“Sometimes I wonder whether the world is being run by smart people who are putting us on, or by imbeciles who really mean it.” – Mark Twain
Among the disturbing things about conservatives is their constant push to cut taxes with the inevitable and wholly foreseeable result of reducing community services which the conservatives say can be passed over to the private sector should they see a profit in taking them over. These warriors for private enterprise frequently confuse the rest of us with their disdain for universal healthcare but their insistence that private health insurance companies receive massive public subsidies, their dislike for publicly funded education and their demand that private education facilities be substantially funded from the public purse, their dislike of public broadcasting while they quietly slip millions of public money into the pocket of a US based mogul. They are also obsessed about cheaper electricity but have no energy policy, don’t like renewable alternatives and they will not talk about climate change yet bemoan the impact of drought. And it seems they are still annoyed with Malcolm Turnbull for allowing a marriage equality plebiscite (despite it being the brainchild of Tony Abbott and Peter Dutton). So, why did they get rid of Malcolm ? Because he was Malcolm.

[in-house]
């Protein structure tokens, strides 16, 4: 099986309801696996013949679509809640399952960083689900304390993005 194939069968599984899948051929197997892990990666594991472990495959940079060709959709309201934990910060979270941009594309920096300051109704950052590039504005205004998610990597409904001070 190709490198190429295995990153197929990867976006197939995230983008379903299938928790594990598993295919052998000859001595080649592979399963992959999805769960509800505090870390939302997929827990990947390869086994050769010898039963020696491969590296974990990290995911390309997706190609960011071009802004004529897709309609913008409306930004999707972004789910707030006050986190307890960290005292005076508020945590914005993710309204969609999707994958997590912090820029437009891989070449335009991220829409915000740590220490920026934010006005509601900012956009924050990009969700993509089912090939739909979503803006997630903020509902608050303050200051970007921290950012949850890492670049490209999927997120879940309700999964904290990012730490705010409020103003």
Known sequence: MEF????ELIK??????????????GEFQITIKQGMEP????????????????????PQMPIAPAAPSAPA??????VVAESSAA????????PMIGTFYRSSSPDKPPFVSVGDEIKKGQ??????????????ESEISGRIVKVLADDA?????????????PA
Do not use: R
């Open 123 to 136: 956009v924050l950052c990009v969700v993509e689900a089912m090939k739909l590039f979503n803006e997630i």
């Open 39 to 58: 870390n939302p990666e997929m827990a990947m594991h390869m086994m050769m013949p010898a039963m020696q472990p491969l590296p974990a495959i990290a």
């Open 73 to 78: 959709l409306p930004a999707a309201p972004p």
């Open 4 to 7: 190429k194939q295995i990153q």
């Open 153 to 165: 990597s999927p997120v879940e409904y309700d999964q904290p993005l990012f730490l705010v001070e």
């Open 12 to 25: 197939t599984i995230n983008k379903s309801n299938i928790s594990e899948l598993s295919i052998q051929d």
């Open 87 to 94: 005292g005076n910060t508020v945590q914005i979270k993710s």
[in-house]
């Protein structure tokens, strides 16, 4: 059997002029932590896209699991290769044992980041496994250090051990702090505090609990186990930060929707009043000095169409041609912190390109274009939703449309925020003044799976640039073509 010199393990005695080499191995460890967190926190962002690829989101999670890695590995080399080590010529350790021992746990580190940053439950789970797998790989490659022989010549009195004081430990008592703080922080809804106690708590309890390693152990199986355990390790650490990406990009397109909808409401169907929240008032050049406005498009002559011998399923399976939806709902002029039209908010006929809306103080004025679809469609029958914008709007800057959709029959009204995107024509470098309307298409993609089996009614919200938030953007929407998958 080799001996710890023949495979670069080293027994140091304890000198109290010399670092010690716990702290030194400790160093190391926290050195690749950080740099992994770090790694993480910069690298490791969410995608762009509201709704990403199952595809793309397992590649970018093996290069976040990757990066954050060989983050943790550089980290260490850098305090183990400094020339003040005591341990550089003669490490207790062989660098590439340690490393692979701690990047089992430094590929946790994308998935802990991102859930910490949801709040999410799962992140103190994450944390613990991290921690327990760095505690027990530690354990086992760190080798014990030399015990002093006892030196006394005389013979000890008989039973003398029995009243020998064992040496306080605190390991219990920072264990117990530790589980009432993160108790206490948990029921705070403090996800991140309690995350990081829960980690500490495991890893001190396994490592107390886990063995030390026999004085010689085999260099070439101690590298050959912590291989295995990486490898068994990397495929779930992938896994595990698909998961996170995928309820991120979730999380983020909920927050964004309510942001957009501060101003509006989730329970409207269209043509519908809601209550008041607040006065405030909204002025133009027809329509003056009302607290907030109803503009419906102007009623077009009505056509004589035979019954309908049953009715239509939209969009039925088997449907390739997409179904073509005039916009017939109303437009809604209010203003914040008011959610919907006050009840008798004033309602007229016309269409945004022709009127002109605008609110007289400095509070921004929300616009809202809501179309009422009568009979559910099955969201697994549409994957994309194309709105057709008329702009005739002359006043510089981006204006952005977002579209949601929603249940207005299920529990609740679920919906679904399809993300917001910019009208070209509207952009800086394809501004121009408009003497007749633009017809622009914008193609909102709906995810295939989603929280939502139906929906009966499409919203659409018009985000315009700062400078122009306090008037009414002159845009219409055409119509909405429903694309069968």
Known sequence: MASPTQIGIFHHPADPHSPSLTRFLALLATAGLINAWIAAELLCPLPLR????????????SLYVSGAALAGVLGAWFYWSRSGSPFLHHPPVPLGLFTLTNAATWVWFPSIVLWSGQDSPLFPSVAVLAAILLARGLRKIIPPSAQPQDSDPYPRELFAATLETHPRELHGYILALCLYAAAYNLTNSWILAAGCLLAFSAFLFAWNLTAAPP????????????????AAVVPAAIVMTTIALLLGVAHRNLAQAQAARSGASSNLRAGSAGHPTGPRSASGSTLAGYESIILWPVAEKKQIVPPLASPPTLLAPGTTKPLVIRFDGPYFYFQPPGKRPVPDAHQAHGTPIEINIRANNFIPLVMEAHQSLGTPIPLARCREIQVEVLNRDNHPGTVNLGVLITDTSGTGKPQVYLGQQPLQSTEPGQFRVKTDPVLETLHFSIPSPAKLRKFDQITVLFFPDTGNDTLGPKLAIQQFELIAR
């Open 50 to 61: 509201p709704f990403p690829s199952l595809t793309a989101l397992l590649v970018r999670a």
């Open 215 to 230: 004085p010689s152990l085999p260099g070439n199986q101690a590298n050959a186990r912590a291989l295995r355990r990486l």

Part of their ideology is sometimes that small government is a panacea to all of our woes and they rush headlong into cutting taxes but fail to acknowledge that the taxes we pay at local, state and commonwealth levels are part of our social fabric : we understand and expect that we will receive in return for our taxes services in the form of national infrastructure, education and health services and that’s why we don’t object to reasonable levels of taxation.
Did you note that the only policies that Peter Dutton was able to offer us in his quest to become our leader was a cut to the GST on electricity. What he doesn’t seem to acknowledge is that GST is a tax collected by the commonwealth on behalf of the states. It is not meant to be a punitive measure, it is part of the necessary imposition that we accept as part of the social contract to ensure our community services are retained and enhanced. The states have very few means of collecting revenues as most have been subsumed by the commonwealth over time and whilst it may be popular to selectively cut GST to favour particular constituencies the inevitable result is less in the way of state services.
The other rather odd thing that Dutton promised was a cut in immigration, this coming from a man who has been our titular immigration minister for the past five years : it was his job to oversee the national immigration program and come up with policies that were appropriate to the nation’s growth and in line with our capacity to provide the necessary infrastructure to accommodate our growing population. Instead, he uses immigration as a dogwhistle !